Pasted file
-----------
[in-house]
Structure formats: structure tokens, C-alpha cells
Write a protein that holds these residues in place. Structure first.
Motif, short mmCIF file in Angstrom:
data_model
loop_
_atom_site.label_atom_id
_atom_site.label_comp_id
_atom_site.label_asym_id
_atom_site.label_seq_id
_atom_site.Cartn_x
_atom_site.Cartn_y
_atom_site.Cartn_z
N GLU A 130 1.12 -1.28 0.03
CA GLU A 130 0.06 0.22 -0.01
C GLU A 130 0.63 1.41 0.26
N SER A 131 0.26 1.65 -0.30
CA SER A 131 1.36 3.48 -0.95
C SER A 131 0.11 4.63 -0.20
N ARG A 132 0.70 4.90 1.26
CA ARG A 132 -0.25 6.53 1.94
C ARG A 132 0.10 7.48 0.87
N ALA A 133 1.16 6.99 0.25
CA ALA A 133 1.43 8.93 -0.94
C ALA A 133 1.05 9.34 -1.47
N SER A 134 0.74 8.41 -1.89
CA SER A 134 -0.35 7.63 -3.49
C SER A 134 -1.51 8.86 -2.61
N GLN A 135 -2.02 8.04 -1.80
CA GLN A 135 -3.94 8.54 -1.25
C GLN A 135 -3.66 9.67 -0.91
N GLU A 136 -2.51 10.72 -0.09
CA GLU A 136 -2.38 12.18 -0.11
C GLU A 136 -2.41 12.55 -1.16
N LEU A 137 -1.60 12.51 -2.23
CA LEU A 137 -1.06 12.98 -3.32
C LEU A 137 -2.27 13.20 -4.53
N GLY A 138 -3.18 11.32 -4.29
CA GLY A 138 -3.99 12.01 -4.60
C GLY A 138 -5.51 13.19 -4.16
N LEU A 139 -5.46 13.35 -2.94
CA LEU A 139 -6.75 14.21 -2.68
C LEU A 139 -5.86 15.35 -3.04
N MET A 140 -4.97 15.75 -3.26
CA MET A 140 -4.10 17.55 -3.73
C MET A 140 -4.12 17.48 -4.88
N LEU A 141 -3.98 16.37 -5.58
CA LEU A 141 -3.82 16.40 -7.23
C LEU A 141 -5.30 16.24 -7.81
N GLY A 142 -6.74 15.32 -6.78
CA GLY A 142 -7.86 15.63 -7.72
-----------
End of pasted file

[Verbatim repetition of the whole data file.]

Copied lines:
[in-house]
Structure formats: structure tokens, C-alpha cells
Write a protein that holds these residues in place. Structure first.
Motif, short mmCIF file in Angstrom:
data_model
loop_
_atom_site.label_atom_id
_atom_site.label_comp_id
_atom_site.label_asym_id
_atom_site.label_seq_id
_atom_site.Cartn_x
_atom_site.Cartn_y
_atom_site.Cartn_z
N GLU A 130 1.12 -1.28 0.03
CA GLU A 130 0.06 0.22 -0.01
C GLU A 130 0.63 1.41 0.26
N SER A 131 0.26 1.65 -0.30
CA SER A 131 1.36 3.48 -0.95
C SER A 131 0.11 4.63 -0.20
N ARG A 132 0.70 4.90 1.26
CA ARG A 132 -0.25 6.53 1.94
C ARG A 132 0.10 7.48 0.87
N ALA A 133 1.16 6.99 0.25
CA ALA A 133 1.43 8.93 -0.94
C ALA A 133 1.05 9.34 -1.47
N SER A 134 0.74 8.41 -1.89
CA SER A 134 -0.35 7.63 -3.49
C SER A 134 -1.51 8.86 -2.61
N GLN A 135 -2.02 8.04 -1.80
CA GLN A 135 -3.94 8.54 -1.25
C GLN A 135 -3.66 9.67 -0.91
N GLU A 136 -2.51 10.72 -0.09
CA GLU A 136 -2.38 12.18 -0.11
C GLU A 136 -2.41 12.55 -1.16
N LEU A 137 -1.60 12.51 -2.23
CA LEU A 137 -1.06 12.98 -3.32
C LEU A 137 -2.27 13.20 -4.53
N GLY A 138 -3.18 11.32 -4.29
CA GLY A 138 -3.99 12.01 -4.60
C GLY A 138 -5.51 13.19 -4.16
N LEU A 139 -5.46 13.35 -2.94
CA LEU A 139 -6.75 14.21 -2.68
C LEU A 139 -5.86 15.35 -3.04
N MET A 140 -4.97 15.75 -3.26
CA MET A 140 -4.10 17.55 -3.73
C MET A 140 -4.12 17.48 -4.88
N LEU A 141 -3.98 16.37 -5.58
CA LEU A 141 -3.82 16.40 -7.23
C LEU A 141 -5.30 16.24 -7.81
N GLY A 142 -6.74 15.32 -6.78
CA GLY A 142 -7.86 15.63 -7.72